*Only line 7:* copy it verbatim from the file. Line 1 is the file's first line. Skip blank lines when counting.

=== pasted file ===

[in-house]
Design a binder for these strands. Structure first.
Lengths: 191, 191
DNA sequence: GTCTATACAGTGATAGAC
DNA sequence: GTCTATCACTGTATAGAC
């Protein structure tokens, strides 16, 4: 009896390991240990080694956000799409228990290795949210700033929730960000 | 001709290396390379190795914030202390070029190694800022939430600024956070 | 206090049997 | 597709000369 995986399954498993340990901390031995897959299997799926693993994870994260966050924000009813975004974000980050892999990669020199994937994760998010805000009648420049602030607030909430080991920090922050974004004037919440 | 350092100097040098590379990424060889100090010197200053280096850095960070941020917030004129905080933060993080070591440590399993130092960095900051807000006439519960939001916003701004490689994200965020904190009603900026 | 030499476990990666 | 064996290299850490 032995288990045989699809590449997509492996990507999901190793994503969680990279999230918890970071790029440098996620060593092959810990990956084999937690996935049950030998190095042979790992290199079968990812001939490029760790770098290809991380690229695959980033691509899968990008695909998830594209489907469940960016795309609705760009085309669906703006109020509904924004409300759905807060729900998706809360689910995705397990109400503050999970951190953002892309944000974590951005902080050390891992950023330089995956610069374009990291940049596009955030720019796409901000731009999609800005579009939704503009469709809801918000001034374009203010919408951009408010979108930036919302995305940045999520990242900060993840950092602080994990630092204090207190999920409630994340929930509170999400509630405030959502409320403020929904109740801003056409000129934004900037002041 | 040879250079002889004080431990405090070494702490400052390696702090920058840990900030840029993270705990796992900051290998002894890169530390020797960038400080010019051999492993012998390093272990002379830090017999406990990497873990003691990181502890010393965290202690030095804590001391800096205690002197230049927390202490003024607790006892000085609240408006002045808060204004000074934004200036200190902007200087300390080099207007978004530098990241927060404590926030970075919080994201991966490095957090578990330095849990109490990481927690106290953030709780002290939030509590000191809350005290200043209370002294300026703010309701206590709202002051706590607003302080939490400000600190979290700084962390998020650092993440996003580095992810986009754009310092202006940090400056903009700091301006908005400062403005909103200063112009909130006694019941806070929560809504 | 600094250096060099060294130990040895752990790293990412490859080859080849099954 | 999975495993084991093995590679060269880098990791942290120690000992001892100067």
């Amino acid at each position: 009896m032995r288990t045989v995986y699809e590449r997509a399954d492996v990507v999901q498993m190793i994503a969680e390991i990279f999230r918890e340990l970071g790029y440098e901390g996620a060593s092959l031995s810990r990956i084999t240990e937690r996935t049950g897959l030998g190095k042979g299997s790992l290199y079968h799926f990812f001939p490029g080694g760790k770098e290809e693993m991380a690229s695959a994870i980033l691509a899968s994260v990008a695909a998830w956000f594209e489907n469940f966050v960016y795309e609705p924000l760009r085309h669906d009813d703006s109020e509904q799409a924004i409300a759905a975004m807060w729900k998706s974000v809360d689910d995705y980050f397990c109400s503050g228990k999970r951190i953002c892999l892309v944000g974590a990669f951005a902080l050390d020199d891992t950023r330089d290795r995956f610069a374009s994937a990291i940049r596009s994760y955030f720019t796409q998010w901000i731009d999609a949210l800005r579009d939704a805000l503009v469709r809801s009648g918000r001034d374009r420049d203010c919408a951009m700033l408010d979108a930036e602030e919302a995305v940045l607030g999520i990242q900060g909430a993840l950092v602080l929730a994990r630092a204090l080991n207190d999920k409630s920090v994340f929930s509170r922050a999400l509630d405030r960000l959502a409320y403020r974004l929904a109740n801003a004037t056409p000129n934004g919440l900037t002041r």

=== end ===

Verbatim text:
């Amino acid at each position: 009896m032995r288990t045989v995986y699809e590449r997509a399954d492996v990507v999901q498993m190793i994503a969680e390991i990279f999230r918890e340990l970071g790029y440098e901390g996620a060593s092959l031995s810990r990956i084999t240990e937690r996935t049950g897959l030998g190095k042979g299997s790992l290199y079968h799926f990812f001939p490029g080694g760790k770098e290809e693993m991380a690229s695959a994870i980033l691509a899968s994260v990008a695909a998830w956000f594209e489907n469940f966050v960016y795309e609705p924000l760009r085309h669906d009813d703006s109020e509904q799409a924004i409300a759905a975004m807060w729900k998706s974000v809360d689910d995705y980050f397990c109400s503050g228990k999970r951190i953002c892999l892309v944000g974590a990669f951005a902080l050390d020199d891992t950023r330089d290795r995956f610069a374009s994937a990291i940049r596009s994760y955030f720019t796409q998010w901000i731009d999609a949210l800005r579009d939704a805000l503009v469709r809801s009648g918000r001034d374009r420049d203010c919408a951009m700033l408010d979108a930036e602030e919302a995305v940045l607030g999520i990242q900060g909430a993840l950092v602080l929730a994990r630092a204090l080991n207190d999920k409630s920090v994340f929930s509170r922050a999400l509630d405030r960000l959502a409320y403020r974004l929904a109740n801003a004037t056409p000129n934004g919440l900037t002041r």